Twenty-five years ago I crawled out of a tent in the Sinai Desert at midnight, hoicked my rucksack onto my back, and followed our camels in the age-old pilgrimage from St Catherine’s Monastery to the summit of Mount Sinai. You climb it at night as it’s too hot during the day. Plus the main point of the pilgrimage is to be on the summit as dawn breaks, and the extraordinary colours appear to rush towards you as the sun rises and picks out the layers of mountain-ranges spread out before you.
And so in the small hours, in a similar pilgrimage, reminding me of that night 25 years ago, the villagers of Colmenar slowly and silently trudged up the hill to reach La Ermita (the chapel) perched atop the village and guarding over us. Shortly before 5am they gathered outside the Ermita, and moments later the fireworks exploded in front of them from the roof of the Casa de Cultura, to mark the end of the feria.
“They” gathered. Not “we” gathered. I just couldn’t do it. The legs wouldn’t move. Emma and I had danced, sung, taken the odd glass or two of something, and had five long and happy nights at the feria. And somehow in the same five days we’d fitted in a friend’s wedding, I’d been to the beach for a midnight “soiree” with some crazy women friends, and Juan and I had each got a multa (a parking ticket) from the village policeman. And at the end of that, the legs simply said “enough”. As groups of neighbours left their tables in the plaza to begin the climb, we looked at each other and just said “Pues, no.” Even standing up felt impossible, let alone the trudge up the hill. For a small village, our highest point can sometimes feel an awfully long way away.
We stayed at our table, surrounded by empties and the remnants of chocolate and churros, the band continued to play, the hard-core villagers continued to drink, and the fireworks soared up above the stage, beside the Super-Moon, and over the head of the statue of Alfonso Molina Padilla, 19th-century son of Colmenar and benefactor to the orphans and students of the village.
Back in the late 1970s to the mid-1980s I worked in professional theatre, both repertory and touring shows. At the Theatre Royal, Windsor, the play changed every three weeks, and on the Saturday we’d do a matinee then an evening show, then begin the “strike” – not walking out on the job, but “striking” the set, deconstructing it, packing away the props, clearing the stage completely. It was an overnighter. Mid-morning on the Sunday we could help the crew begin building the set for the next play, sliding the massive flats (walls or stage surrounds) from the workshop behind the stage, carrying furniture into place, while the lighting guys swung overhead rearranging the lights, and the big painted backdrops were lowered in from above, to provide a view of countryside, for example, outside a window that formed part of the stage scene. We stage managers then had to unpack the boxes of set dressing that had come from the props hire company, and decorate the set under the designer’s guidance. If we were lucky we’d get to go home very late Sunday night to get a rest before an early start on Monday bringing in the props we’d been using in rehearsals and setting everything in its rightful place. Monday afternoon and the technical rehearsal began, often going on until well after midnight. When the actors left we had adjustments to make arising from the rehearsal, often having to change sound effects or props, and then another early start on Tuesday morning to prepare for the dress rehearsal at 2pm and the opening night at 7.30. It was exhausting, but we were young, and it was only every three weeks. The body coped.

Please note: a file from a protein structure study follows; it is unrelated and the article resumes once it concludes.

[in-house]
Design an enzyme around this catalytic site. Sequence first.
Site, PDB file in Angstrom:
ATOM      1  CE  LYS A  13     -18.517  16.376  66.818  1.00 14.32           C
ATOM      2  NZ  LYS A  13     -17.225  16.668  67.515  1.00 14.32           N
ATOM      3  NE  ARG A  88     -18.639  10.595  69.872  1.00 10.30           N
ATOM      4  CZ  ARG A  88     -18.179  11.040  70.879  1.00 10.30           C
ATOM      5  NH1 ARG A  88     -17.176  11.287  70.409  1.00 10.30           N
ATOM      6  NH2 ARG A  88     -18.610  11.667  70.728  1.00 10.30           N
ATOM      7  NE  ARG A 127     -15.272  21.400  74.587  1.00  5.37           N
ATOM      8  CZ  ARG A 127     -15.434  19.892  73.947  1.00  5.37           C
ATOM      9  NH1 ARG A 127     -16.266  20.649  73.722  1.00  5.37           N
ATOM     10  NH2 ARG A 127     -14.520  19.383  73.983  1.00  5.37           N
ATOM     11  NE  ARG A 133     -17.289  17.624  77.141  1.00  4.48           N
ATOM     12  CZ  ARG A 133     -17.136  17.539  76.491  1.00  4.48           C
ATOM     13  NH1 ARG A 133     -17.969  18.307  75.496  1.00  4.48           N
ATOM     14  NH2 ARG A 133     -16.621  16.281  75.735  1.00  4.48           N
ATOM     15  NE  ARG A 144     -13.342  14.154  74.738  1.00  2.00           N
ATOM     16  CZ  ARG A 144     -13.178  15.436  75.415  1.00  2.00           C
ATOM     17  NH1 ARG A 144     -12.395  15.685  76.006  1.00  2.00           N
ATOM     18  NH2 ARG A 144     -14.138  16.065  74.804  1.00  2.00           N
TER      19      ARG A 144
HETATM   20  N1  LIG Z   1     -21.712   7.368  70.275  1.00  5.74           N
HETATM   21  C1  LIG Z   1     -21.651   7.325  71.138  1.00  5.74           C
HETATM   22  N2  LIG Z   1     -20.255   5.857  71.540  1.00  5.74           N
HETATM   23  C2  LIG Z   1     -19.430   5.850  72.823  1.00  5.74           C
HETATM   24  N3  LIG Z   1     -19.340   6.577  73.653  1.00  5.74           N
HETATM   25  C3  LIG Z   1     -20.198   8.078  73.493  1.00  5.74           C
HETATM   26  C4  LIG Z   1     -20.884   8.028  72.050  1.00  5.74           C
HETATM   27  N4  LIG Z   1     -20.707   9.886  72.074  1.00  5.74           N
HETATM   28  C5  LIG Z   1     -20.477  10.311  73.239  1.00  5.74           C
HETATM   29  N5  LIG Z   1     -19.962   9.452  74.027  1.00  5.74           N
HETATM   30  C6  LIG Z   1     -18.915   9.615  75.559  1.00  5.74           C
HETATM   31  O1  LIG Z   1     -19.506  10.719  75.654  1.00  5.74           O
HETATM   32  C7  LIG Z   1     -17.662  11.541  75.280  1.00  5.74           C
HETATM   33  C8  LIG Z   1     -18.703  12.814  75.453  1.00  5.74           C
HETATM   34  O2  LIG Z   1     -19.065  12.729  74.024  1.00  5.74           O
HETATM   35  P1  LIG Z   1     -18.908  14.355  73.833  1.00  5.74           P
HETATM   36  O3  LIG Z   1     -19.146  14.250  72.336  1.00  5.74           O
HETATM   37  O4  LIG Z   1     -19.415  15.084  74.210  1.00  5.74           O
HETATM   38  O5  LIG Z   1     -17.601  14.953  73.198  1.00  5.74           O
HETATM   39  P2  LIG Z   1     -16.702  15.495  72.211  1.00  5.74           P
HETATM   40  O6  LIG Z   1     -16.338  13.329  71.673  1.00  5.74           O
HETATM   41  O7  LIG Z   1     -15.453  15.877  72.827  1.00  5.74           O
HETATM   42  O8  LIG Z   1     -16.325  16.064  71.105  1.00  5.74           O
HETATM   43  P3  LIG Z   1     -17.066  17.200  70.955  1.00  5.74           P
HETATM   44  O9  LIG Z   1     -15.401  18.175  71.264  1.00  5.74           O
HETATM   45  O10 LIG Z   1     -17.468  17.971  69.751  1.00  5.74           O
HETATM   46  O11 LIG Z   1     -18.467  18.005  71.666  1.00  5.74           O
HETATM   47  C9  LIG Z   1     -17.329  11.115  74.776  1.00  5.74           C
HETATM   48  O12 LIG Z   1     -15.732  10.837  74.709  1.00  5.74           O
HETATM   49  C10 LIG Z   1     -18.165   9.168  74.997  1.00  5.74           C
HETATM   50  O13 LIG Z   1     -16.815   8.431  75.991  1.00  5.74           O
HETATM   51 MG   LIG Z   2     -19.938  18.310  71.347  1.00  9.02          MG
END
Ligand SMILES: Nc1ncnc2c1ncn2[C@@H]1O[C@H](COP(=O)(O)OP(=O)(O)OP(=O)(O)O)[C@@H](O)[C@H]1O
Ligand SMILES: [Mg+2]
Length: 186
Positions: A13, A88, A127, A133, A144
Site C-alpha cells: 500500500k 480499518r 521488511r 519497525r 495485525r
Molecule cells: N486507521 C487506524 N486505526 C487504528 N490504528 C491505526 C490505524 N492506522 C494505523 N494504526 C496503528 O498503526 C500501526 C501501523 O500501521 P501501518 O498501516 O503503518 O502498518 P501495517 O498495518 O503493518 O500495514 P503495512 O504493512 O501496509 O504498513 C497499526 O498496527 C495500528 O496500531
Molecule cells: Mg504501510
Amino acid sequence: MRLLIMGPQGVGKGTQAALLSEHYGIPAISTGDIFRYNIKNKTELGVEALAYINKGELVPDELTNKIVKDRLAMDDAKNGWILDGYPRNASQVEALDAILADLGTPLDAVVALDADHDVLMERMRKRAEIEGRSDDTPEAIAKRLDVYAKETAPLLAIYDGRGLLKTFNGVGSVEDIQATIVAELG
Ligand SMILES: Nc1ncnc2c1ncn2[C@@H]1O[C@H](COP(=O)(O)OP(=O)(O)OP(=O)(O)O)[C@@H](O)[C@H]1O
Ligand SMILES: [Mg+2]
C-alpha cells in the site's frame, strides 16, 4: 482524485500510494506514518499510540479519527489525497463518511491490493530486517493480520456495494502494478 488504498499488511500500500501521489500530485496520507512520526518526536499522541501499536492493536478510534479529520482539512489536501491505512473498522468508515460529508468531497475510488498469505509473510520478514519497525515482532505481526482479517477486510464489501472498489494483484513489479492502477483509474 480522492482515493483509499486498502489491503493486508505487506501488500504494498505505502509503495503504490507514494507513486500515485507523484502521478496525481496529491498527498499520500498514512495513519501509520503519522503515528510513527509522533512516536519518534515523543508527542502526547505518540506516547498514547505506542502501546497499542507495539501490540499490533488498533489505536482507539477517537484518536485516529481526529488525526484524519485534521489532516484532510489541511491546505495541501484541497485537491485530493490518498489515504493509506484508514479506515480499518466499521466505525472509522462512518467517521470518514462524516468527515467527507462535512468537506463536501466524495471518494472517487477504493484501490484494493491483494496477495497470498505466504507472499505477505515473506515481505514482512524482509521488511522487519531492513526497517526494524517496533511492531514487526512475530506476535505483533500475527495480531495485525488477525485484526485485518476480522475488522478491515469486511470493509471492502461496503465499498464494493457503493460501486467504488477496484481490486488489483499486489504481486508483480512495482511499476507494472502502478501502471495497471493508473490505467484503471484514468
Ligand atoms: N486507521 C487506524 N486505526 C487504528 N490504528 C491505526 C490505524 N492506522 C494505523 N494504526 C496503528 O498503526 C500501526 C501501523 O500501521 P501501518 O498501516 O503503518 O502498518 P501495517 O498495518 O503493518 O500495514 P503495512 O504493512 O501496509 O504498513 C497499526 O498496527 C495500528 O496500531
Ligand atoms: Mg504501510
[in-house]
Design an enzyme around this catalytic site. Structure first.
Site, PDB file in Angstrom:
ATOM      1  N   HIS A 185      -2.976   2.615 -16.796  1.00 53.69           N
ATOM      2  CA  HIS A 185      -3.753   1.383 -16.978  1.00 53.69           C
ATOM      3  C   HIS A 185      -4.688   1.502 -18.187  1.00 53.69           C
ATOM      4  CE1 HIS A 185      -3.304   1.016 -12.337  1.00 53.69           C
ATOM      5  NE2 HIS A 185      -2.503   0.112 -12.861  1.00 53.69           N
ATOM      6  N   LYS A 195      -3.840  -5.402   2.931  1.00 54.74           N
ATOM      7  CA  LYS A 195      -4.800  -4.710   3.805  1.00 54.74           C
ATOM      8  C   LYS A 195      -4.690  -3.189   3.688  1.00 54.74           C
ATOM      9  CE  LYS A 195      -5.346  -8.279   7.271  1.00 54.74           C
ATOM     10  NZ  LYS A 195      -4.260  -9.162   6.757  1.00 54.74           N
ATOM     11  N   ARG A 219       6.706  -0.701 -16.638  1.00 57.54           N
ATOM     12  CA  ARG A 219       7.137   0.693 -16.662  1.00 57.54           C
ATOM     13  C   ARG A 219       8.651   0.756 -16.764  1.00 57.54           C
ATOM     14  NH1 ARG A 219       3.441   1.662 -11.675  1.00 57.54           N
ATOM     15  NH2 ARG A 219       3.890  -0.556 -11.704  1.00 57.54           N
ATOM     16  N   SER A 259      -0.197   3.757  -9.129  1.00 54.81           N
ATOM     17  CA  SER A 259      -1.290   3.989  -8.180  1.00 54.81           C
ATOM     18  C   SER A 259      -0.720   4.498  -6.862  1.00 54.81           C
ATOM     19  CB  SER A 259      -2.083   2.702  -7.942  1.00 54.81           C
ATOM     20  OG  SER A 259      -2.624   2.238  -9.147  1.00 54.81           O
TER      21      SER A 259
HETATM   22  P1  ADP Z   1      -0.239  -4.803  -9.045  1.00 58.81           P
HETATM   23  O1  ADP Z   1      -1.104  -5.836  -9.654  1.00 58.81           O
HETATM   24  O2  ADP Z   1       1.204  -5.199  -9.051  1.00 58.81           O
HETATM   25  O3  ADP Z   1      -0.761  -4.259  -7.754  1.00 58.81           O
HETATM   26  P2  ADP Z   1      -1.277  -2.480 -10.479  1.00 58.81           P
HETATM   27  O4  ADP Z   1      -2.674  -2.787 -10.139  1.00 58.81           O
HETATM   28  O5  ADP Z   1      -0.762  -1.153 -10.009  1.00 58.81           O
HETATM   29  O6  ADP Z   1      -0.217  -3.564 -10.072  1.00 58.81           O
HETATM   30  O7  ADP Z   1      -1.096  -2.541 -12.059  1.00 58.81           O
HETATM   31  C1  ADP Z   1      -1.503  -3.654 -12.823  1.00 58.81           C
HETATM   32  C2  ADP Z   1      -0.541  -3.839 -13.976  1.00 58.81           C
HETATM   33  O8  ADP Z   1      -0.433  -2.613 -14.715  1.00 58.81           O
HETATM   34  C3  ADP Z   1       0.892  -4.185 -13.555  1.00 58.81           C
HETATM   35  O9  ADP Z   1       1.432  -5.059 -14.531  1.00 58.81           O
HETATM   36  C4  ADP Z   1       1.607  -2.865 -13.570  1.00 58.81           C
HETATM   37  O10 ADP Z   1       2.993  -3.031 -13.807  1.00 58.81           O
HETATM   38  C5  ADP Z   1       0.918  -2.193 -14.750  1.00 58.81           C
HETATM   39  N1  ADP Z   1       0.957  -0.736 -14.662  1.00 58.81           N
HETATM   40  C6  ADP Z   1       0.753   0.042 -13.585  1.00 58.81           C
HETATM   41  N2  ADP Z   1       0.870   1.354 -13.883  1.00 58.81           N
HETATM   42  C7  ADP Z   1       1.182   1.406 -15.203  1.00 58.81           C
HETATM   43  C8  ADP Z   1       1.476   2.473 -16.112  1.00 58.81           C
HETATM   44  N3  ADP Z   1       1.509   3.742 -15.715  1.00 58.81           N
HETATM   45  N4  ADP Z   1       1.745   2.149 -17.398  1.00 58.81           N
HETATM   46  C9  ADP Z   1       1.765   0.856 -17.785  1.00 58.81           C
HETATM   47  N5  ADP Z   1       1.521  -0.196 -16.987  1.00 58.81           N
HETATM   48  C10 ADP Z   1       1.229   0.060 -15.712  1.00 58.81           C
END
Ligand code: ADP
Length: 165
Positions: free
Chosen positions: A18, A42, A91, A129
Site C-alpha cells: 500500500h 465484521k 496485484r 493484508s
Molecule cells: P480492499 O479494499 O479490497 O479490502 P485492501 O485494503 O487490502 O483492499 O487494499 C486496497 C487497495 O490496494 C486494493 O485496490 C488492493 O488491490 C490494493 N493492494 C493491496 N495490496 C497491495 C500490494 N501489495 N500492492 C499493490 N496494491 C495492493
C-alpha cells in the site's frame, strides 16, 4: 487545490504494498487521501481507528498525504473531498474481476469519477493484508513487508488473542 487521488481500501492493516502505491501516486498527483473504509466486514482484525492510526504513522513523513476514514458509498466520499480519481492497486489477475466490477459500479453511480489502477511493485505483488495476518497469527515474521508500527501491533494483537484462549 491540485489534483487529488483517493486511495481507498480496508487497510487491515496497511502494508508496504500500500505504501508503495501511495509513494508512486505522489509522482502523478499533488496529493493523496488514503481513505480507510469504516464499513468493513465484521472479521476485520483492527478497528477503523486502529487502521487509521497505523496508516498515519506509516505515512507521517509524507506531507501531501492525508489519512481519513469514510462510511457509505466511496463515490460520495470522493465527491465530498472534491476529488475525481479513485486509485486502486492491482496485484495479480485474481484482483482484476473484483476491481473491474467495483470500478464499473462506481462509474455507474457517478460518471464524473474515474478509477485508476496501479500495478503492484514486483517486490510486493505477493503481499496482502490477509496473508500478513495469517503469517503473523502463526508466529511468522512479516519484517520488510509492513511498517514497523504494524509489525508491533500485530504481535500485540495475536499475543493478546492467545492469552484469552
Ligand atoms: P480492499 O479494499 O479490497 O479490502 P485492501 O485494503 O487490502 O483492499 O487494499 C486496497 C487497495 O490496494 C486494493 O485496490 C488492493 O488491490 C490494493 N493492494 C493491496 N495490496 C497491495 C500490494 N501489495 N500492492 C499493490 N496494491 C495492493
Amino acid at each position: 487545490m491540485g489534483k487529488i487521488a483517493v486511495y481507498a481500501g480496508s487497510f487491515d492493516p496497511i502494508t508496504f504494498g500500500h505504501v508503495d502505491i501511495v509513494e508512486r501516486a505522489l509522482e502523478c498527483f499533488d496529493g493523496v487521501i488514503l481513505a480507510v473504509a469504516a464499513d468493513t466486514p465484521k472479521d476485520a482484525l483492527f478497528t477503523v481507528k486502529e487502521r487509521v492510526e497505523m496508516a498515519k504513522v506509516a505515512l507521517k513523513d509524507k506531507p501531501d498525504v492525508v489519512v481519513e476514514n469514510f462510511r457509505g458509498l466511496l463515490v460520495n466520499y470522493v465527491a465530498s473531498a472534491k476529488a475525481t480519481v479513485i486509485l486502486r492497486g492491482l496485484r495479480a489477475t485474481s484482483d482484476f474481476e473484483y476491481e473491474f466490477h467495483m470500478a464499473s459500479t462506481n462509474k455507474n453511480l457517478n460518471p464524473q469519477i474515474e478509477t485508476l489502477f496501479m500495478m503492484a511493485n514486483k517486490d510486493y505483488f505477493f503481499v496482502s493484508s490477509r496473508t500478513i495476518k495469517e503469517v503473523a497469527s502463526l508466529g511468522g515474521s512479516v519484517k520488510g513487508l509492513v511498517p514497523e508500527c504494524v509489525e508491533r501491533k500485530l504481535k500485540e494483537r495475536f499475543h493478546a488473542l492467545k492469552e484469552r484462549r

Now I am old, but at least feria is only once a year. Except that’s just Colmenar feria. Next week we have Málaga feria. And on top there is the village tapas route, fiesta de Candelaria, Semana Santa, Málaga Carnaval, Noche en Blanco, San Juan, Andalucía Day, and dozens more. Sigh.
Plus it was hard to move, that Sunday night / Monday morning at 5am. There had been a LOT of free food. The Ayuntamiento (town hall) had done a splendid job, organising events for children, events for teenagers, free food, a horse show, concerts every night, sports events ranging from dominos to football, and the Coches Locos, the local version of Wacky Races.
Oh yes please, I need to. So very much …..
© Tamara Essex 2014 http://www.twocampos.com
THIS WEEK’S LANGUAGE POINT:
Oh dear. More “false friends”. Wouldn’t you think that “Por cierto” would translate to “For certain” … ie “Of course!” ??? Sigh. No it doesn’t. In fact it means “By the way”. A very useful phrase, but completely counter-intuitive.
To say “Of course” we can either say “Por supuesto”, or “Desde luego”. Odd, that second one, because it would literally translate to “From later” which makes no sense at all. I complained about this to Jose, who (with great restraint and total justification) pointed out to me that the English phrase “Of course” really makes no sense at all too, and certainly shouldn’t mean what it does!
I suppose he’s right (desde luego).